Home » News » Desktop PC News » Raspberry Pi introduces the Pi Store to make sharing software easier

Raspberry Pi introduces the Pi Store to make sharing software easier

by | Go to comments

Share:

The Raspberry Pi Foundation has launched the Pi Store to make it easier to get hold of the growing amount of software that has been written or ported to the affordable DIY computer.

The new store enables Raspberry Pi users to get games, applications, tools and tutorials in one place, most of which is free.

Writing on the foundation’s blog, Eben Upton, one of Raspberry Pi’s co-founders, said the Pi Store is “also an easier way into the Raspberry Pi experience for total beginners, who will find everything they need to get going in one place.”

The store runs as an X application in the recommended Raspbian OS (an update is now available to add the feature). As well as users being able to download content, developers and hobbyists can upload their own content for release (after it’s been through a moderation process).

There are 23 free titles in the store at launch, including utilities such as Asterisk and LibreOffice, classic games Freeciv and OpenTTD, and Iridium Rising, which is a Raspberry Pi exclusive. Among the tools are sprite and sound effects packages for helping games programmers to get started.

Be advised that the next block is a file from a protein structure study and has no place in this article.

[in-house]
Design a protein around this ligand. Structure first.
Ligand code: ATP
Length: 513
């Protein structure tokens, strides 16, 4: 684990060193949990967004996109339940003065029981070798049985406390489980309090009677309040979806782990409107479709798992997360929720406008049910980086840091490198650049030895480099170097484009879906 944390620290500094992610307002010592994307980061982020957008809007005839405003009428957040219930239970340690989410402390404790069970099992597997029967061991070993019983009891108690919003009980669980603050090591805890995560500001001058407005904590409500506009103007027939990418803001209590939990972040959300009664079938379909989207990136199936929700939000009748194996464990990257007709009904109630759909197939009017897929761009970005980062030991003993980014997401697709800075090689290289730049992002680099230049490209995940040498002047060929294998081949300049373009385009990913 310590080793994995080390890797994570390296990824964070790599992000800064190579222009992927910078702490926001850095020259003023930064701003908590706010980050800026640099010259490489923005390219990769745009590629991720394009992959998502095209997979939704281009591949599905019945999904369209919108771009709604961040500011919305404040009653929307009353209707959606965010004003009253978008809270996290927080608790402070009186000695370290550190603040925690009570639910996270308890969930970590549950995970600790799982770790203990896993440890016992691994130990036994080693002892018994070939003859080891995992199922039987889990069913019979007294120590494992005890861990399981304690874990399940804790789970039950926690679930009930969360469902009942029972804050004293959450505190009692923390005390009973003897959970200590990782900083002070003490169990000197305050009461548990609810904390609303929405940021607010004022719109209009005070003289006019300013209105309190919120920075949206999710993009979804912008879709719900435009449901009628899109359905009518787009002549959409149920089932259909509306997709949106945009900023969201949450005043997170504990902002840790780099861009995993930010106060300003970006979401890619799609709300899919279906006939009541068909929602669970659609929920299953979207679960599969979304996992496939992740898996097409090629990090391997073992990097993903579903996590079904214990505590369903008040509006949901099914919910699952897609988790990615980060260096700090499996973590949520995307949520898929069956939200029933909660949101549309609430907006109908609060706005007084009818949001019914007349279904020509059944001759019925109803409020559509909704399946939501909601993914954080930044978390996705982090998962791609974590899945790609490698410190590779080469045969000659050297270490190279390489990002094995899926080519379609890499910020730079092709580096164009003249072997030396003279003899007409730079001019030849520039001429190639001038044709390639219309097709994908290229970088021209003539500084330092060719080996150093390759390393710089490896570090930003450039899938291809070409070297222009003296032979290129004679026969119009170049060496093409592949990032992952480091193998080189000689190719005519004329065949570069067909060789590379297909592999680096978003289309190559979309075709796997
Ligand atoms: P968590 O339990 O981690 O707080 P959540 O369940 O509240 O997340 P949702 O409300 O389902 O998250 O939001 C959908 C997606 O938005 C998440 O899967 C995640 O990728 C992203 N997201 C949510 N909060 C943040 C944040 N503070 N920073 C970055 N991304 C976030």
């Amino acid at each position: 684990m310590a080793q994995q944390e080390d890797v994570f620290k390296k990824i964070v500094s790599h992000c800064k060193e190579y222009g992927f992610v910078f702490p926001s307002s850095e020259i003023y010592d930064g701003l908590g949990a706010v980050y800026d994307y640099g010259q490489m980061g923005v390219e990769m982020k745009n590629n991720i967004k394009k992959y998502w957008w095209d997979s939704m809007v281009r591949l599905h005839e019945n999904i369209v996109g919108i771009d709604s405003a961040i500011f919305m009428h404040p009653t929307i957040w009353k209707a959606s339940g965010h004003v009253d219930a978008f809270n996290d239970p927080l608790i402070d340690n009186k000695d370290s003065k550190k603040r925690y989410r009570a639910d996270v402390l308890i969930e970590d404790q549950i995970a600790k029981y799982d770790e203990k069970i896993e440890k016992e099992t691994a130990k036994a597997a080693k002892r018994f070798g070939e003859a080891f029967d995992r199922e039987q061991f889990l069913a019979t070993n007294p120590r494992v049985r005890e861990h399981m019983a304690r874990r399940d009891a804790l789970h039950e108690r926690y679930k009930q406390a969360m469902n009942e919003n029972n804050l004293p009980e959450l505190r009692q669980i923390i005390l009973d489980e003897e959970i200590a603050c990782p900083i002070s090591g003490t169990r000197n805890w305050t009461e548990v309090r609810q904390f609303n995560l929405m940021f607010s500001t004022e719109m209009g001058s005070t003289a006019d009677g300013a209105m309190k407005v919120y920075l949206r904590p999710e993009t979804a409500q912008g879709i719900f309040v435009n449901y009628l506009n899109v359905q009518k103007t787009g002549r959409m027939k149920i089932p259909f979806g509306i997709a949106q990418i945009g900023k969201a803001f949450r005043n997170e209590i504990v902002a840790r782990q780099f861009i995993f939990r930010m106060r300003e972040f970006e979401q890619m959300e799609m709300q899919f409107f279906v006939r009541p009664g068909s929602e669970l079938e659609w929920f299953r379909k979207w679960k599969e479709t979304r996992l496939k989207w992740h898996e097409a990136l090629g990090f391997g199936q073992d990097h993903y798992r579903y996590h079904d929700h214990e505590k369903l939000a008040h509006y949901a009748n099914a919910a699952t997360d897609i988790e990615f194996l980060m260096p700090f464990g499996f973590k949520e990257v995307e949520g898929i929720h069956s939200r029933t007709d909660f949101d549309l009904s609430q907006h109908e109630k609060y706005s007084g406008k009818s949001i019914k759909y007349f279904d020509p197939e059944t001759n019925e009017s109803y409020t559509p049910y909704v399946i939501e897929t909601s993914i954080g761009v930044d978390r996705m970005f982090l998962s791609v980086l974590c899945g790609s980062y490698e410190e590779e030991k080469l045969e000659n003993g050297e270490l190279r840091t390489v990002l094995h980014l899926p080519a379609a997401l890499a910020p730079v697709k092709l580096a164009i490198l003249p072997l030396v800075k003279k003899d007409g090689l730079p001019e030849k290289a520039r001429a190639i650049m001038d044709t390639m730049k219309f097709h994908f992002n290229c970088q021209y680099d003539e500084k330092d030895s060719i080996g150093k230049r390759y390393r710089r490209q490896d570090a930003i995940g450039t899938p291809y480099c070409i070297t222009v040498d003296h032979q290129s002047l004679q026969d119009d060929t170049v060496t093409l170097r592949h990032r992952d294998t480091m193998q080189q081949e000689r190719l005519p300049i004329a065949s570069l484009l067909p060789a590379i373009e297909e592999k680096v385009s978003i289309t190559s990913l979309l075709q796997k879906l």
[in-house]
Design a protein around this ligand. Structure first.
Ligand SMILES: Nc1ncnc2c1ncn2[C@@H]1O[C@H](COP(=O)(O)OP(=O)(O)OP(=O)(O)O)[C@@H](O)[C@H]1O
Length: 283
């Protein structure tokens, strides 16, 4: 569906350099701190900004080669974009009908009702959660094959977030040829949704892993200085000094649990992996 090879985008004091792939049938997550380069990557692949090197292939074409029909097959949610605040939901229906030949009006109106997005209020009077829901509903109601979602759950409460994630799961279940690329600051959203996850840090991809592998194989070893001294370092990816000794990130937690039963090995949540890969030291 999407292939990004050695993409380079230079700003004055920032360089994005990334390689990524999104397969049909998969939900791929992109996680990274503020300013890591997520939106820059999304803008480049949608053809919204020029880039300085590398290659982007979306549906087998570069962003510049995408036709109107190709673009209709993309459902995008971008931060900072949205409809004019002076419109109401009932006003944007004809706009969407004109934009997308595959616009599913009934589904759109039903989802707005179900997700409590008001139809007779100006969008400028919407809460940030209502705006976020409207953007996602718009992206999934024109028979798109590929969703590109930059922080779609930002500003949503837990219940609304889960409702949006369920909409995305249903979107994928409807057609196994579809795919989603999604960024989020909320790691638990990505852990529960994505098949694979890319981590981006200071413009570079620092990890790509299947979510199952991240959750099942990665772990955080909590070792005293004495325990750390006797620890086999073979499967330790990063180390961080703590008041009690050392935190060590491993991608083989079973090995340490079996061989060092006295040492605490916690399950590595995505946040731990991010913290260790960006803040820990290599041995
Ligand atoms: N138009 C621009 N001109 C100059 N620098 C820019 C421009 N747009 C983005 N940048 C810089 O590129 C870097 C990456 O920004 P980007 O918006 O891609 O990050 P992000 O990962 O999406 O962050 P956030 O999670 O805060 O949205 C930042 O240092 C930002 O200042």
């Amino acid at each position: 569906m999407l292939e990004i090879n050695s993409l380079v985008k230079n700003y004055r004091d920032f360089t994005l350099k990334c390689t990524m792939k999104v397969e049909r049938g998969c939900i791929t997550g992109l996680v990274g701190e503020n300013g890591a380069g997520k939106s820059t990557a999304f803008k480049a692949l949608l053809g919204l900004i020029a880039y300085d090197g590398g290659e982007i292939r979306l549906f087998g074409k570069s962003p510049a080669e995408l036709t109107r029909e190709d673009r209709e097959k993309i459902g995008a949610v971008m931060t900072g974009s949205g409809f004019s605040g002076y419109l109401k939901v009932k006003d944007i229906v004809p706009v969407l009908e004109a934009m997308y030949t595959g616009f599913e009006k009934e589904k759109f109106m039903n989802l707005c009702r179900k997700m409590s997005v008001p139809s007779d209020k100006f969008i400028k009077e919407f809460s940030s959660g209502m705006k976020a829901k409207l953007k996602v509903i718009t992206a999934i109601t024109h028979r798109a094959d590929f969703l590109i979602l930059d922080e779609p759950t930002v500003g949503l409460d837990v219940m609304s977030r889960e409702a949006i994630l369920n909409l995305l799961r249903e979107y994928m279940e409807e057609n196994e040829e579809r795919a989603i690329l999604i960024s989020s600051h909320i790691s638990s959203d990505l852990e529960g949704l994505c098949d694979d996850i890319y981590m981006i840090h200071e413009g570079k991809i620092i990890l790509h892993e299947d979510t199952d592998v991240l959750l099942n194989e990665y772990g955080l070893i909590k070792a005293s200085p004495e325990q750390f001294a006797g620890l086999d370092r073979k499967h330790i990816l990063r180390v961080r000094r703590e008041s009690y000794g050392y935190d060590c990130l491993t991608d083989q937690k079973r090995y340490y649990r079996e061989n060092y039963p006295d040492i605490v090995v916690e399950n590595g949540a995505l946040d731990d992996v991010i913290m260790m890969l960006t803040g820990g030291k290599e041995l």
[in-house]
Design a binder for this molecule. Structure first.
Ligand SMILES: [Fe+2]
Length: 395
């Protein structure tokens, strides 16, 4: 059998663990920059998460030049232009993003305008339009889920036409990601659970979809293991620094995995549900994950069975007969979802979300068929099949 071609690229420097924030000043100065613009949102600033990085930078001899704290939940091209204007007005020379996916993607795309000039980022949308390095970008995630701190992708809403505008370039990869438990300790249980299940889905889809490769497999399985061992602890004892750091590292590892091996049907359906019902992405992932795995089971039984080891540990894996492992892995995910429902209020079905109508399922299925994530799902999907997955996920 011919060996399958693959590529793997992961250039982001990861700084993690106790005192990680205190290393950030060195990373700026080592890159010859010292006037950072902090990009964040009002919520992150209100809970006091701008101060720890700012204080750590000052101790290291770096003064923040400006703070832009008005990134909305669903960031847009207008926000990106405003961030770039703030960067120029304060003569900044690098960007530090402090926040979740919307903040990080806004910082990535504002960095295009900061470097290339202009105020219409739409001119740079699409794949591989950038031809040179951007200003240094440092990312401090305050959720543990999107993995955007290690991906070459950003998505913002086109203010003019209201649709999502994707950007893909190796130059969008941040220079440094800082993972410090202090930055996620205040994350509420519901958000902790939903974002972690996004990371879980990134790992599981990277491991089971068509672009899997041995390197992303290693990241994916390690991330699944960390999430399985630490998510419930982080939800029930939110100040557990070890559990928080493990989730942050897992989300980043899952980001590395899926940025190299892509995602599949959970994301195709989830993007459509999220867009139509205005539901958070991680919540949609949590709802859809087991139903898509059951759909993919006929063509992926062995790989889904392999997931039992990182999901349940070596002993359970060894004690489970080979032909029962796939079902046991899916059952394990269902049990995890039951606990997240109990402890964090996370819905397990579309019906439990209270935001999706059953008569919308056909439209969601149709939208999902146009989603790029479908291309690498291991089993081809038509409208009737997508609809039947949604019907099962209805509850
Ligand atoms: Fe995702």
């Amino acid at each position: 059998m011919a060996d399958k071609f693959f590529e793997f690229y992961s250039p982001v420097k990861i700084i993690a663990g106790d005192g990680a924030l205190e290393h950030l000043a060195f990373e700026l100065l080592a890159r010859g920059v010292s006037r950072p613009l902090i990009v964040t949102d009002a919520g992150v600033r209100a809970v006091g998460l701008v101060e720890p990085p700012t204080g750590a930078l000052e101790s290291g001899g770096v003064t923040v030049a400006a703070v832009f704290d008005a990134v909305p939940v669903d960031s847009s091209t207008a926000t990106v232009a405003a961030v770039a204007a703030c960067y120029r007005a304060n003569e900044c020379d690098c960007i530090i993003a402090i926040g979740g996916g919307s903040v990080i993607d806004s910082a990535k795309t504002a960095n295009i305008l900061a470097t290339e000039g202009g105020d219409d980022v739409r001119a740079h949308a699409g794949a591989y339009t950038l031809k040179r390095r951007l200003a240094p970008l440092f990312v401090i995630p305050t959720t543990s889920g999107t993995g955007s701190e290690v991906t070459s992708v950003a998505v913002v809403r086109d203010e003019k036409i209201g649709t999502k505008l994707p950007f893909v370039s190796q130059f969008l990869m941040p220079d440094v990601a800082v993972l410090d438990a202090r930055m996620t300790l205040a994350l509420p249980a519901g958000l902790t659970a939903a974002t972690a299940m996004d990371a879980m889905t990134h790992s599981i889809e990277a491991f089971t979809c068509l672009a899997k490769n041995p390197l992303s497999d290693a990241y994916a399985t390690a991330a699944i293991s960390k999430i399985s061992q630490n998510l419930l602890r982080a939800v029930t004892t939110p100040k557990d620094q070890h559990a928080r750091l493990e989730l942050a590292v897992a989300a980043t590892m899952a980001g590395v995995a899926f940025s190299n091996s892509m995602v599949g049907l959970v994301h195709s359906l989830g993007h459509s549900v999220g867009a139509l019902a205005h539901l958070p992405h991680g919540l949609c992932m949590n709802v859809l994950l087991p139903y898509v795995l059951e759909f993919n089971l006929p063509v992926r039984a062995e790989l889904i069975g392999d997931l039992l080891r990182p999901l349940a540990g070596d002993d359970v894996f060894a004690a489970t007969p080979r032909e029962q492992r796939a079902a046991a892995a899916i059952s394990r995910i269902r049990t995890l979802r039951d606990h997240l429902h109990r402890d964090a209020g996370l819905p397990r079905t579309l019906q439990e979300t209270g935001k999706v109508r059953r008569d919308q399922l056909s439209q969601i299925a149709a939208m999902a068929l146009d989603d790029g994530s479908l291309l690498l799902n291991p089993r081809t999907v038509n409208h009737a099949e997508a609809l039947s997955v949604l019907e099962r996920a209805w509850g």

Upton adds that there is so far one piece of commercial content, Cobra Mobile’s Storm in a Teacup. The winners of the Raspberry Pi Foundation’s Summer Programming Contest are also being encouraged to upload their entries to the store.

Code writers can choose to make their content free or paid-for. Obviously the free ones will get more downloads but users who like the software can use the store’s ‘tip jar’ system, so there is a chance to make some money for your efforts. Downloads can also be reviewed and rated so the user community will be able to find what's popular. The store will accept binaries, raw Python code, images, audio or video and, soon, Scratch content.

The official MagPi digital magazine is available for free via the store and the foundation is keen on hosting as many ‘homebrew tutorials’ as possible too.

Let us know what you think of the Raspberry Pi Store on our Twitter and Facebook feeds or via the comments boxes below.

Go to comments
comments powered by Disqus